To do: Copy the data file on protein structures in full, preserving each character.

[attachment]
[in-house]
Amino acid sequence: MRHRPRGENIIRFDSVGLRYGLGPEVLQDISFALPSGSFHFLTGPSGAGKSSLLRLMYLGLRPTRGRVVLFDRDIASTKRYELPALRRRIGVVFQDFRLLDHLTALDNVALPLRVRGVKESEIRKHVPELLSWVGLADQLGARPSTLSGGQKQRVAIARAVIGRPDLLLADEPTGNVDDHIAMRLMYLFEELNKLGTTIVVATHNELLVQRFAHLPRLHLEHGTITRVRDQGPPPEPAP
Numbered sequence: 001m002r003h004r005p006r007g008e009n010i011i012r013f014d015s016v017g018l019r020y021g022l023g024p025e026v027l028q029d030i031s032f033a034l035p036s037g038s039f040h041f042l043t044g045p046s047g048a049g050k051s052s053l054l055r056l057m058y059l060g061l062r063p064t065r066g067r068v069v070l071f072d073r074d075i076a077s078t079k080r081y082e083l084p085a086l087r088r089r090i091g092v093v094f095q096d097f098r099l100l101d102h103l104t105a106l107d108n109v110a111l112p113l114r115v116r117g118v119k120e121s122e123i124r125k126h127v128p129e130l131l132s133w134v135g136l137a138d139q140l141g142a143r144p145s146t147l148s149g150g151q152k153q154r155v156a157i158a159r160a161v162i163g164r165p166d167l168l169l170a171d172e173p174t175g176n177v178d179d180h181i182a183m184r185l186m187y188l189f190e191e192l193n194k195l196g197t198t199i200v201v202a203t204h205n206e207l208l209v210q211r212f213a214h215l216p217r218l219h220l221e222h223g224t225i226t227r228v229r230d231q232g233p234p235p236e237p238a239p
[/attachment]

[in-house]
Amino acid sequence: MRHRPRGENIIRFDSVGLRYGLGPEVLQDISFALPSGSFHFLTGPSGAGKSSLLRLMYLGLRPTRGRVVLFDRDIASTKRYELPALRRRIGVVFQDFRLLDHLTALDNVALPLRVRGVKESEIRKHVPELLSWVGLADQLGARPSTLSGGQKQRVAIARAVIGRPDLLLADEPTGNVDDHIAMRLMYLFEELNKLGTTIVVATHNELLVQRFAHLPRLHLEHGTITRVRDQGPPPEPAP
Numbered sequence: 001m002r003h004r005p006r007g008e009n010i011i012r013f014d015s016v017g018l019r020y021g022l023g024p025e026v027l028q029d030i031s032f033a034l035p036s037g038s039f040h041f042l043t044g045p046s047g048a049g050k051s052s053l054l055r056l057m058y059l060g061l062r063p064t065r066g067r068v069v070l071f072d073r074d075i076a077s078t079k080r081y082e083l084p085a086l087r088r089r090i091g092v093v094f095q096d097f098r099l100l101d102h103l104t105a106l107d108n109v110a111l112p113l114r115v116r117g118v119k120e121s122e123i124r125k126h127v128p129e130l131l132s133w134v135g136l137a138d139q140l141g142a143r144p145s146t147l148s149g150g151q152k153q154r155v156a157i158a159r160a161v162i163g164r165p166d167l168l169l170a171d172e173p174t175g176n177v178d179d180h181i182a183m184r185l186m187y188l189f190e191e192l193n194k195l196g197t198t199i200v201v202a203t204h205n206e207l208l209v210q211r212f213a214h215l216p217r218l219h220l221e222h223g224t225i226t227r228v229r230d231q232g233p234p235p236e237p238a239p